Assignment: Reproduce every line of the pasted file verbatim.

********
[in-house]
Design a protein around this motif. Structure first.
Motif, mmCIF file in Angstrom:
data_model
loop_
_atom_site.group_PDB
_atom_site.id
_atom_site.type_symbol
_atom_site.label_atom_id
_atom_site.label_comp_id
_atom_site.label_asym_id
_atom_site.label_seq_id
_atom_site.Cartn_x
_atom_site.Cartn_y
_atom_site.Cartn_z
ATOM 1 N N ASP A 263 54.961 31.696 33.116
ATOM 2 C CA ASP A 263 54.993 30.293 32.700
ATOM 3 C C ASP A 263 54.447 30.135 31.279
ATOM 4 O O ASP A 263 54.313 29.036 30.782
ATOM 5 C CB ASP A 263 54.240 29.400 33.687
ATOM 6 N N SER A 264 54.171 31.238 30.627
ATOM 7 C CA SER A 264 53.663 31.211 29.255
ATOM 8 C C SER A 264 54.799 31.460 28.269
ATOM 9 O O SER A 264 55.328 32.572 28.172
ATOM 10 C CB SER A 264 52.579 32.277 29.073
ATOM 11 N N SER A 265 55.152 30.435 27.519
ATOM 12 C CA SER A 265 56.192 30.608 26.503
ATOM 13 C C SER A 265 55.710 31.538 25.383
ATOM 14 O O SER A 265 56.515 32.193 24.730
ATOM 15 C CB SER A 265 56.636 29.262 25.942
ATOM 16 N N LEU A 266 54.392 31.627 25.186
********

[in-house]
Design a protein around this motif. Structure first.
Motif, mmCIF file in Angstrom:
data_model
loop_
_atom_site.group_PDB
_atom_site.id
_atom_site.type_symbol
_atom_site.label_atom_id
_atom_site.label_comp_id
_atom_site.label_asym_id
_atom_site.label_seq_id
_atom_site.Cartn_x
_atom_site.Cartn_y
_atom_site.Cartn_z
ATOM 1 N N ASP A 263 54.961 31.696 33.116
ATOM 2 C CA ASP A 263 54.993 30.293 32.700
ATOM 3 C C ASP A 263 54.447 30.135 31.279
ATOM 4 O O ASP A 263 54.313 29.036 30.782
ATOM 5 C CB ASP A 263 54.240 29.400 33.687
ATOM 6 N N SER A 264 54.171 31.238 30.627
ATOM 7 C CA SER A 264 53.663 31.211 29.255
ATOM 8 C C SER A 264 54.799 31.460 28.269
ATOM 9 O O SER A 264 55.328 32.572 28.172
ATOM 10 C CB SER A 264 52.579 32.277 29.073
ATOM 11 N N SER A 265 55.152 30.435 27.519
ATOM 12 C CA SER A 265 56.192 30.608 26.503
ATOM 13 C C SER A 265 55.710 31.538 25.383
ATOM 14 O O SER A 265 56.515 32.193 24.730
ATOM 15 C CB SER A 265 56.636 29.262 25.942
ATOM 16 N N LEU A 266 54.392 31.627 25.186